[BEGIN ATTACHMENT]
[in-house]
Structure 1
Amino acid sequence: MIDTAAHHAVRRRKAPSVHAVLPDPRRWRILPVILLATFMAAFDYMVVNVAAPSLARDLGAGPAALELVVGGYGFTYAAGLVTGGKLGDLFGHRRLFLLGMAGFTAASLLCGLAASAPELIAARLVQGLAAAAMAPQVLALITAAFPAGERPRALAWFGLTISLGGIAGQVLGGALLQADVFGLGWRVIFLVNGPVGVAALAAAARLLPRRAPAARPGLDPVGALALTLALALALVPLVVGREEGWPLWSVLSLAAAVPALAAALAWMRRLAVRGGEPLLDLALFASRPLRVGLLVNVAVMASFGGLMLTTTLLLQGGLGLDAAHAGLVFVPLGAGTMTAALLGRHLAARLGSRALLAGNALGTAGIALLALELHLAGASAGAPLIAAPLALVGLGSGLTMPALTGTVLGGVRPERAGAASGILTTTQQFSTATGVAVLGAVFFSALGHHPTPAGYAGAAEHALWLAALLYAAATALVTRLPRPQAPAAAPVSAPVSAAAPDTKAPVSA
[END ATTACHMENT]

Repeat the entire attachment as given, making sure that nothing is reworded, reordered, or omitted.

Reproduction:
[in-house]
Structure 1
Amino acid sequence: MIDTAAHHAVRRRKAPSVHAVLPDPRRWRILPVILLATFMAAFDYMVVNVAAPSLARDLGAGPAALELVVGGYGFTYAAGLVTGGKLGDLFGHRRLFLLGMAGFTAASLLCGLAASAPELIAARLVQGLAAAAMAPQVLALITAAFPAGERPRALAWFGLTISLGGIAGQVLGGALLQADVFGLGWRVIFLVNGPVGVAALAAAARLLPRRAPAARPGLDPVGALALTLALALALVPLVVGREEGWPLWSVLSLAAAVPALAAALAWMRRLAVRGGEPLLDLALFASRPLRVGLLVNVAVMASFGGLMLTTTLLLQGGLGLDAAHAGLVFVPLGAGTMTAALLGRHLAARLGSRALLAGNALGTAGIALLALELHLAGASAGAPLIAAPLALVGLGSGLTMPALTGTVLGGVRPERAGAASGILTTTQQFSTATGVAVLGAVFFSALGHHPTPAGYAGAAEHALWLAALLYAAATALVTRLPRPQAPAAAPVSAPVSAAAPDTKAPVSA